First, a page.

An American space satellite exploded in orbit on February 3rd. This one was a twenty year old weather satellite that experienced an equipment failure that showed up to ground monitors as a rapid increase in internal temperature followed by the satellite exploding into 43 pieces. This was not catastrophic for weather monitoring since this satellite, because of its age, was relegated to backup duty in 2006. Eventually, when it failed, it would have been maneuvered into a lower orbit where it would eventually burn up in the atmosphere and leave no debris in orbit.
As soon as signs of malfunctioning in the satellite were detected plans were made to maneuver the satellite into the lower orbit, but the satellite soon became uncontrollable and exploded. At this point the air force is still trying to find any additional pieces of the satellite in orbit so that these can be tracked and the owners of other satellites warned if the debris will get too close.
While rare, satellite unexpectedly exploding is not unknown. It is more common for mishaps to occur as the satellite is put into orbit. Thus in late 2012 the third stage of a Russian satellite launcher unexpectedly exploded after it failed to put two satellites into orbit. Launched via a Proton rocket, there was some kind of problem in the final stage and apparently the remaining fuel in that stage caused an explosion. This created a debris field of several hundred new bits of space junk (pieces of the third stage and the two satellites). This prompted satellite (and space station) operators to check their orbits and make adjustments if there might be a collision with this new cloud of deadly (at high speed coming from the opposite direction) debris. On the bright side, many of these new bits of junk are large and in a low orbit, meaning that they will soon fall towards earth and burn up.
The space junk situation is getting worse. In 2007 the United States became the first nation that had to change the orbit of one of their satellites to avoid the cloud of debris created when China tested an anti-satellite weapon earlier in 2007. This call began when China launched an anti-satellite system (a KillSat or Killer Satellite) on January 11th that destroyed an old Chinese weather satellite, about 850 kilometers up. That's at the upper range of where most reconnaissance satellites hang out. The KillSat hit the weather bird, and the result was several million fragments. Most of the pieces are tiny, but at least 817 are truly dangerous (at least 10 cm/four inches long, wide, or in diameter). There are many such debris swarms up there that have to be watched and avoided. But these other debris swarms are the result of accidents. For example, in early 2007 a new swarm was created because of the accidental explosion of a Russian rocket that put over 1,100 dangerous fragments in orbit. Those two incidents increased the dangerous debris in orbit by about fifteen percent.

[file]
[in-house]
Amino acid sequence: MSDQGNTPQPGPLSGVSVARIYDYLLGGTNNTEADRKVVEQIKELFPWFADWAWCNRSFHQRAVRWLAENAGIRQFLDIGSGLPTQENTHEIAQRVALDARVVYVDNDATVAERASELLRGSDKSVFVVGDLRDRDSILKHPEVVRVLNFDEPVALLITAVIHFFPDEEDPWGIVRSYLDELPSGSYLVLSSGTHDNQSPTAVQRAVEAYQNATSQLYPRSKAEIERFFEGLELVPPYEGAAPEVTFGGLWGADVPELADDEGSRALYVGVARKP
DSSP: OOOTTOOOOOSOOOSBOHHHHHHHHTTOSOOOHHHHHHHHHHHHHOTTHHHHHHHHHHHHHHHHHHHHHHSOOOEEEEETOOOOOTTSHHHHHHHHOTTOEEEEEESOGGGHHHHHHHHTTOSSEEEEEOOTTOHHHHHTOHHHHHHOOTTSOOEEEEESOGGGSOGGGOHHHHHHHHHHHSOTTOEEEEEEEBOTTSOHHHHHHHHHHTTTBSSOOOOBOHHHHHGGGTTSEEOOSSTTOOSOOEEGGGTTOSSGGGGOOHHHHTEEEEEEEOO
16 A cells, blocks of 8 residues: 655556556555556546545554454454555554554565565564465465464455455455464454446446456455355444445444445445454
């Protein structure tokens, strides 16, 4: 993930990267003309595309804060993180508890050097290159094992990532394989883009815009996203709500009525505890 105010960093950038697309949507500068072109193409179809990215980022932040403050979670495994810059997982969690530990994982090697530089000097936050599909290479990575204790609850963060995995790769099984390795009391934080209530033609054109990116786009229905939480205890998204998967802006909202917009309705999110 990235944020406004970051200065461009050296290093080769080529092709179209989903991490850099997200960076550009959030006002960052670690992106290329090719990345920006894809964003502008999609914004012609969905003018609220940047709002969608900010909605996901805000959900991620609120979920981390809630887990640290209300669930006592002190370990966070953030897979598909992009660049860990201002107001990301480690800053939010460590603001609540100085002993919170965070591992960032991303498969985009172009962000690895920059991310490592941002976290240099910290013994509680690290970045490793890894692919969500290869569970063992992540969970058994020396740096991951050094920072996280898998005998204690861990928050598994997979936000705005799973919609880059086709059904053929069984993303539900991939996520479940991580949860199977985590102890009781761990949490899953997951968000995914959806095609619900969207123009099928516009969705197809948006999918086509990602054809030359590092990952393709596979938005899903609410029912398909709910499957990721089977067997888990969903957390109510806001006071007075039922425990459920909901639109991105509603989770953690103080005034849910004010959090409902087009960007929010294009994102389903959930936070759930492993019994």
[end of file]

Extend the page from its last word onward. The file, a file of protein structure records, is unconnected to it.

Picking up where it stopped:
In late 2007 the U.S. Terra environmental satellite was in an orbit that indicated a seven percent chance of hitting debris from the Chinese KillSat test. So controllers adjusted Terra's orbit slightly, to reduce the risk to zero. Similar adjustments have become more frequent since 2007 and have become more common as more satellites are put into orbit.
The IADC (Inter-Agency Space Debris Coordination Committee) is an international organization that coordinates the exchange of information, and space operations, as they relate manmade and natural debris in orbit around the earth. Every year some of this stuff falls into the atmosphere and burns up but there are always new accidents or deliberate operations that add more junk to the spaceways.